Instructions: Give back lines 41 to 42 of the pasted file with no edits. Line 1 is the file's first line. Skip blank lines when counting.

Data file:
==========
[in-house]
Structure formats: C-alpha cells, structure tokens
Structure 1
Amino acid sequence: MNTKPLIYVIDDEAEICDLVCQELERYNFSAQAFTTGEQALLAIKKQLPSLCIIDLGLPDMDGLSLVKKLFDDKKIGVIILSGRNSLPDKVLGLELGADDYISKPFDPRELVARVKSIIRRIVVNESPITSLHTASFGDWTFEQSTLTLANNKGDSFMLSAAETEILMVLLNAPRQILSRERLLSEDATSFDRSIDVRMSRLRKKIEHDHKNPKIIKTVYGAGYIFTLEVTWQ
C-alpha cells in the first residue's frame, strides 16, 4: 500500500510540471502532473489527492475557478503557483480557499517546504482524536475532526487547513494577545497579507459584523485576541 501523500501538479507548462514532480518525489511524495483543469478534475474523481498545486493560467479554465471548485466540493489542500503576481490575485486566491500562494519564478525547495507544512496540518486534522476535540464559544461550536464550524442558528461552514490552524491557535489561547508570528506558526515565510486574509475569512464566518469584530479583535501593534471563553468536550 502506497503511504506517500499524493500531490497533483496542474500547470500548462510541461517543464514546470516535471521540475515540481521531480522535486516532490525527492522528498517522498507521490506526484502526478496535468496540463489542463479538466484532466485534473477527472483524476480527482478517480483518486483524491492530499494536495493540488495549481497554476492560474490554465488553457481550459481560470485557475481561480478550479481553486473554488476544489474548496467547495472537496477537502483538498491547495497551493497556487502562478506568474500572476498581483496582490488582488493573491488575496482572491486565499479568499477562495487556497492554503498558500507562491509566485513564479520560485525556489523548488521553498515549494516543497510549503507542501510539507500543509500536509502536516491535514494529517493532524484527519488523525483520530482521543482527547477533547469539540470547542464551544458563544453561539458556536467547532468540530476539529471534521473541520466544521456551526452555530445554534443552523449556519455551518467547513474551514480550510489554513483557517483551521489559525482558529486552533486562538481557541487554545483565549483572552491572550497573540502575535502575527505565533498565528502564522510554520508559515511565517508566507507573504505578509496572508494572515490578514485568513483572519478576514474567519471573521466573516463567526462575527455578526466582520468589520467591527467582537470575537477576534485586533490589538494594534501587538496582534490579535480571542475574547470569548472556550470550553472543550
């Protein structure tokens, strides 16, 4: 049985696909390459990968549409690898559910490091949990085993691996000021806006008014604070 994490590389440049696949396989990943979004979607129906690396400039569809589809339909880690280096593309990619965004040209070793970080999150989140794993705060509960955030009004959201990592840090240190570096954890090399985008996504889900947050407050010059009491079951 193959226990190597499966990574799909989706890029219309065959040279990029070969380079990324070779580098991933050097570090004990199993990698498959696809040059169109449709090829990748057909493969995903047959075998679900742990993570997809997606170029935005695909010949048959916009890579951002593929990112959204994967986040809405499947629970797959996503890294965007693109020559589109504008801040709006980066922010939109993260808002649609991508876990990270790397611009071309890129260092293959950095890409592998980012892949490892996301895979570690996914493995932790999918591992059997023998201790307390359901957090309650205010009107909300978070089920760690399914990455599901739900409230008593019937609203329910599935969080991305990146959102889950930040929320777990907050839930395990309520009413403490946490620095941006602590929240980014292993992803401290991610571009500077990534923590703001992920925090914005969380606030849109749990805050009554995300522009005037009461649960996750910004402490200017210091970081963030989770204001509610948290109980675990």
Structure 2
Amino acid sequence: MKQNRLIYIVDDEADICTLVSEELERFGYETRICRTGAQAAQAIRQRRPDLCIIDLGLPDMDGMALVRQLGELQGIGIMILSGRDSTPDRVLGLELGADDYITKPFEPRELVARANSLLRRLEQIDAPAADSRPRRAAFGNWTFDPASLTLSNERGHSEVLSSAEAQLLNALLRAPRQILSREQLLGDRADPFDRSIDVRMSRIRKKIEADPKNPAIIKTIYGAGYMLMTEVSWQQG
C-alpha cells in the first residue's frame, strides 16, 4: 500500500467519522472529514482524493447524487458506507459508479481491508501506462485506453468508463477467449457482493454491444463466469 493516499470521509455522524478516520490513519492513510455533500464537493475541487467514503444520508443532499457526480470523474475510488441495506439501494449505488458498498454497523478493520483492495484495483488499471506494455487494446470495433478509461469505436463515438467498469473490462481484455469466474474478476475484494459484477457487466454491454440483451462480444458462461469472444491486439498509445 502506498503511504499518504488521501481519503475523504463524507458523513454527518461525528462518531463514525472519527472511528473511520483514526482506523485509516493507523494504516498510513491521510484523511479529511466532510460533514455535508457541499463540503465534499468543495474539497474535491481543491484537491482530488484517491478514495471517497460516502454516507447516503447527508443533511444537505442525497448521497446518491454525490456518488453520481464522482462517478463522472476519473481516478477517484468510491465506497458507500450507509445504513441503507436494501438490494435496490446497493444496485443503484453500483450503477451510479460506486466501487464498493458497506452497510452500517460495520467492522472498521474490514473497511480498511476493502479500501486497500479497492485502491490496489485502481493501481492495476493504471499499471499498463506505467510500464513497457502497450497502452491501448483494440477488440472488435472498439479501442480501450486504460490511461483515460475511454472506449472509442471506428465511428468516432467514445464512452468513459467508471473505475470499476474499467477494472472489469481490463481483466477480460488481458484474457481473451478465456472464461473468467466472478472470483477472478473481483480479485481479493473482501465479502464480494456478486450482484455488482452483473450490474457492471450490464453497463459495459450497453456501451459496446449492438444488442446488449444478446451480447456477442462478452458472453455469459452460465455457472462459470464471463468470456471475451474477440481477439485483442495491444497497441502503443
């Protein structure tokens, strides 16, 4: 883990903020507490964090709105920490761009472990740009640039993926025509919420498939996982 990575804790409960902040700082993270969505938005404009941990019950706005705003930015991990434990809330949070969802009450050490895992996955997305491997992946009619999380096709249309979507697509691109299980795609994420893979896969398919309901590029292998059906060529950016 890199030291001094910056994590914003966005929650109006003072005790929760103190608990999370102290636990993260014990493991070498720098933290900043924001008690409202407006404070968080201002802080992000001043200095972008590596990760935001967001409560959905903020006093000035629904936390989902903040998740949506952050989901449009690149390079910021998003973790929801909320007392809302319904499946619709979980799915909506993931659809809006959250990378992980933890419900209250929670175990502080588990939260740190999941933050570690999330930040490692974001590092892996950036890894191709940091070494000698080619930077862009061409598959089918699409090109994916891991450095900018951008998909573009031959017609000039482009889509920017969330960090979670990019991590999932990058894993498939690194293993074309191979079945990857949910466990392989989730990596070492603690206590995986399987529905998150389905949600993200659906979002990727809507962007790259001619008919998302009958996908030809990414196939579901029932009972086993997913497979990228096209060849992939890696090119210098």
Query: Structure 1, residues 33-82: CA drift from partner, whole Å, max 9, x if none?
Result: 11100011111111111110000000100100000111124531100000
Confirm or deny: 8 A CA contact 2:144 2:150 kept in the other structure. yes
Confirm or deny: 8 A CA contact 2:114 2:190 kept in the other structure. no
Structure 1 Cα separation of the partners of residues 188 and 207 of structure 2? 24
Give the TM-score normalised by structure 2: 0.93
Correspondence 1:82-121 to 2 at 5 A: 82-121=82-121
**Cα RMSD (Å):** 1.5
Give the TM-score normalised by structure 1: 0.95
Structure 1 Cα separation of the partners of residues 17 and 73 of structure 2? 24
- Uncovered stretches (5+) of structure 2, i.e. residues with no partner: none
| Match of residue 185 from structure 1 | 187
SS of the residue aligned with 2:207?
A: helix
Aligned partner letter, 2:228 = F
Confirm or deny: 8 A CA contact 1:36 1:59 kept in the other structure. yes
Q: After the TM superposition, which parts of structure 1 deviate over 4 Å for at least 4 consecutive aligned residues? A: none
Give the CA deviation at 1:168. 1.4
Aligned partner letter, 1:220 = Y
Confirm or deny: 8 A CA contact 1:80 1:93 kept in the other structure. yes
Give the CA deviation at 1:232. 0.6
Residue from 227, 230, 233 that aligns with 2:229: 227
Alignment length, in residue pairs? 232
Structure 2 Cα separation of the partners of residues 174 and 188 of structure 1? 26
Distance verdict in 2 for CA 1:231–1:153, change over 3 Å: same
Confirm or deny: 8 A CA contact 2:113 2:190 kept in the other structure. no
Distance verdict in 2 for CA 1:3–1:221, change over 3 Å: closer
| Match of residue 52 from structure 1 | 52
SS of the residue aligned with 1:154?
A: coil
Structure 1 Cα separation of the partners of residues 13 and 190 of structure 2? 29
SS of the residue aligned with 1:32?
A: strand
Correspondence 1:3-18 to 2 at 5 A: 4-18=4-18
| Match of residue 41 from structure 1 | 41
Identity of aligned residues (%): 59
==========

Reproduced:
Structure 1 Cα separation of the partners of residues 13 and 190 of structure 2? 29
SS of the residue aligned with 1:32?